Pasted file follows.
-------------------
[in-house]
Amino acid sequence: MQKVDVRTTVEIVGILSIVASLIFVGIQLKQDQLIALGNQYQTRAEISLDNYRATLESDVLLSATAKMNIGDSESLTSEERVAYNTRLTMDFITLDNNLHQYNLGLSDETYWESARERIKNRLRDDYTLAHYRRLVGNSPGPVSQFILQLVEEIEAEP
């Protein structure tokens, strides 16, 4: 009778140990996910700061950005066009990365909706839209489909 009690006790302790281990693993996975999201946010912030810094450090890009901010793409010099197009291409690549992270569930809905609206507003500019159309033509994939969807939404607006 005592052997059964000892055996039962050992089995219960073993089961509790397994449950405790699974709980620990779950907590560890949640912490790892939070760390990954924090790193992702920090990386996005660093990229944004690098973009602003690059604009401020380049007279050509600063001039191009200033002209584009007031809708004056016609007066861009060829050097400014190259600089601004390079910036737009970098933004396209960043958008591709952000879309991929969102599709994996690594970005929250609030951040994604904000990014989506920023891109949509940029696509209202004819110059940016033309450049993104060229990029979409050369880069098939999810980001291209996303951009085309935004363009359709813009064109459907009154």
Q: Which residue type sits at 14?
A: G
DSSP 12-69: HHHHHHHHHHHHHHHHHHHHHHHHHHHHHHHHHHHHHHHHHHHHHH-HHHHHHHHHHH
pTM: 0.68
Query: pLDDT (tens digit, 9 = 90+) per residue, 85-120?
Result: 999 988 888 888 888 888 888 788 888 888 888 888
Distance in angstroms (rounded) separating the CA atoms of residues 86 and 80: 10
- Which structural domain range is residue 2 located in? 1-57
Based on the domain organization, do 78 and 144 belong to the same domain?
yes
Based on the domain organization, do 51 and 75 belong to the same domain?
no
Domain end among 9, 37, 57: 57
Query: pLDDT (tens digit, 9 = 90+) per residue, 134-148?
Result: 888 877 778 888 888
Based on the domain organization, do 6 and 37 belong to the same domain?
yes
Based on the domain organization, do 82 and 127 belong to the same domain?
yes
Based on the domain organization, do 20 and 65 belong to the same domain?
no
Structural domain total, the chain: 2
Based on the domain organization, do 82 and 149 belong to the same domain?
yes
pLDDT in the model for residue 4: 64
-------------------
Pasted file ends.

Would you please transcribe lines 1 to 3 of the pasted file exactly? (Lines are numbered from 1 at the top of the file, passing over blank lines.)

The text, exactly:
[in-house]
Amino acid sequence: MQKVDVRTTVEIVGILSIVASLIFVGIQLKQDQLIALGNQYQTRAEISLDNYRATLESDVLLSATAKMNIGDSESLTSEERVAYNTRLTMDFITLDNNLHQYNLGLSDETYWESARERIKNRLRDDYTLAHYRRLVGNSPGPVSQFILQLVEEIEAEP
């Protein structure tokens, strides 16, 4: 009778140990996910700061950005066009990365909706839209489909 009690006790302790281990693993996975999201946010912030810094450090890009901010793409010099197009291409690549992270569930809905609206507003500019159309033509994939969807939404607006 005592052997059964000892055996039962050992089995219960073993089961509790397994449950405790699974709980620990779950907590560890949640912490790892939070760390990954924090790193992702920090990386996005660093990229944004690098973009602003690059604009401020380049007279050509600063001039191009200033002209584009007031809708004056016609007066861009060829050097400014190259600089601004390079910036737009970098933004396209960043958008591709952000879309991929969102599709994996690594970005929250609030951040994604904000990014989506920023891109949509940029696509209202004819110059940016033309450049993104060229990029979409050369880069098939999810980001291209996303951009085309935004363009359709813009064109459907009154």